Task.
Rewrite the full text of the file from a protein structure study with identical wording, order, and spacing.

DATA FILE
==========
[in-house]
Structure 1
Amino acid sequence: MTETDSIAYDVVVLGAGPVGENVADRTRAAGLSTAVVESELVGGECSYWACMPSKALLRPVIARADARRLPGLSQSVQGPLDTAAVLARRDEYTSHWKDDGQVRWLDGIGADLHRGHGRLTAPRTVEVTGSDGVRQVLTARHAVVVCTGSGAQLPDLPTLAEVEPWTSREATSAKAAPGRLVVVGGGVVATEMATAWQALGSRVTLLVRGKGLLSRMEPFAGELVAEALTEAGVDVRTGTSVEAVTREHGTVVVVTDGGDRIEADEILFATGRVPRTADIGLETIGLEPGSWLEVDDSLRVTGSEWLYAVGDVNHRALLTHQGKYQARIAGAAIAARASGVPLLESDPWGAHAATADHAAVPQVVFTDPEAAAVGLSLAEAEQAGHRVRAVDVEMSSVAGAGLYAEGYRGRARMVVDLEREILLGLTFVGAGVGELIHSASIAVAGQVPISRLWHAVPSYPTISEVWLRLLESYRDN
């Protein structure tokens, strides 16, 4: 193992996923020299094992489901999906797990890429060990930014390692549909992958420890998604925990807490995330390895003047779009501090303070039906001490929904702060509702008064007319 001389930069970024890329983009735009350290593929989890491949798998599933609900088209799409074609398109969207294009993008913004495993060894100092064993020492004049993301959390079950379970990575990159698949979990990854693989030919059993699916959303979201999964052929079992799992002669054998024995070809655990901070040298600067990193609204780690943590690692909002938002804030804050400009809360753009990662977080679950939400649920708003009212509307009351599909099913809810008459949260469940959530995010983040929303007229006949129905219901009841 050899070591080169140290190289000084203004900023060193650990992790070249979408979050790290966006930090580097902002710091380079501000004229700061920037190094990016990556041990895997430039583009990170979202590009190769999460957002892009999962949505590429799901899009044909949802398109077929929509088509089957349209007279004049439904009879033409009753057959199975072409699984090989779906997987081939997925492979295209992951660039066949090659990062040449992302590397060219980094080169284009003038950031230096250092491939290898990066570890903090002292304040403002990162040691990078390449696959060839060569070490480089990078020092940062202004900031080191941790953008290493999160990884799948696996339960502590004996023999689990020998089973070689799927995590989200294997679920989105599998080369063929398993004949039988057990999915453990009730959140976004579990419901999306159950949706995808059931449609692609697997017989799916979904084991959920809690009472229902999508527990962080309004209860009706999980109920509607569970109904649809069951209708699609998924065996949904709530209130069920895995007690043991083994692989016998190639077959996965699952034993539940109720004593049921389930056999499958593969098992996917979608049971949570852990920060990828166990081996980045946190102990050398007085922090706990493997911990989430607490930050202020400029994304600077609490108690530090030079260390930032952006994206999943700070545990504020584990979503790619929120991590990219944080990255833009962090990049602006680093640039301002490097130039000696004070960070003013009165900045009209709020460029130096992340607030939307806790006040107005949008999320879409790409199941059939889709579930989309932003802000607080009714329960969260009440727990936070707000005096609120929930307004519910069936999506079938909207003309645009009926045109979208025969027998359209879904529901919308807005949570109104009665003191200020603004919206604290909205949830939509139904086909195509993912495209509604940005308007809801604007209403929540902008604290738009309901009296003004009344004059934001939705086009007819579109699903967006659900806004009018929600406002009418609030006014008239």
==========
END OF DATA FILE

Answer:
[in-house]
Structure 1
Amino acid sequence: MTETDSIAYDVVVLGAGPVGENVADRTRAAGLSTAVVESELVGGECSYWACMPSKALLRPVIARADARRLPGLSQSVQGPLDTAAVLARRDEYTSHWKDDGQVRWLDGIGADLHRGHGRLTAPRTVEVTGSDGVRQVLTARHAVVVCTGSGAQLPDLPTLAEVEPWTSREATSAKAAPGRLVVVGGGVVATEMATAWQALGSRVTLLVRGKGLLSRMEPFAGELVAEALTEAGVDVRTGTSVEAVTREHGTVVVVTDGGDRIEADEILFATGRVPRTADIGLETIGLEPGSWLEVDDSLRVTGSEWLYAVGDVNHRALLTHQGKYQARIAGAAIAARASGVPLLESDPWGAHAATADHAAVPQVVFTDPEAAAVGLSLAEAEQAGHRVRAVDVEMSSVAGAGLYAEGYRGRARMVVDLEREILLGLTFVGAGVGELIHSASIAVAGQVPISRLWHAVPSYPTISEVWLRLLESYRDN
């Protein structure tokens, strides 16, 4: 193992996923020299094992489901999906797990890429060990930014390692549909992958420890998604925990807490995330390895003047779009501090303070039906001490929904702060509702008064007319 001389930069970024890329983009735009350290593929989890491949798998599933609900088209799409074609398109969207294009993008913004495993060894100092064993020492004049993301959390079950379970990575990159698949979990990854693989030919059993699916959303979201999964052929079992799992002669054998024995070809655990901070040298600067990193609204780690943590690692909002938002804030804050400009809360753009990662977080679950939400649920708003009212509307009351599909099913809810008459949260469940959530995010983040929303007229006949129905219901009841 050899070591080169140290190289000084203004900023060193650990992790070249979408979050790290966006930090580097902002710091380079501000004229700061920037190094990016990556041990895997430039583009990170979202590009190769999460957002892009999962949505590429799901899009044909949802398109077929929509088509089957349209007279004049439904009879033409009753057959199975072409699984090989779906997987081939997925492979295209992951660039066949090659990062040449992302590397060219980094080169284009003038950031230096250092491939290898990066570890903090002292304040403002990162040691990078390449696959060839060569070490480089990078020092940062202004900031080191941790953008290493999160990884799948696996339960502590004996023999689990020998089973070689799927995590989200294997679920989105599998080369063929398993004949039988057990999915453990009730959140976004579990419901999306159950949706995808059931449609692609697997017989799916979904084991959920809690009472229902999508527990962080309004209860009706999980109920509607569970109904649809069951209708699609998924065996949904709530209130069920895995007690043991083994692989016998190639077959996965699952034993539940109720004593049921389930056999499958593969098992996917979608049971949570852990920060990828166990081996980045946190102990050398007085922090706990493997911990989430607490930050202020400029994304600077609490108690530090030079260390930032952006994206999943700070545990504020584990979503790619929120991590990219944080990255833009962090990049602006680093640039301002490097130039000696004070960070003013009165900045009209709020460029130096992340607030939307806790006040107005949008999320879409790409199941059939889709579930989309932003802000607080009714329960969260009440727990936070707000005096609120929930307004519910069936999506079938909207003309645009009926045109979208025969027998359209879904529901919308807005949570109104009665003191200020603004919206604290909205949830939509139904086909195509993912495209509604940005308007809801604007209403929540902008604290738009309901009296003004009344004059934001939705086009007819579109699903967006659900806004009018929600406002009418609030006014008239």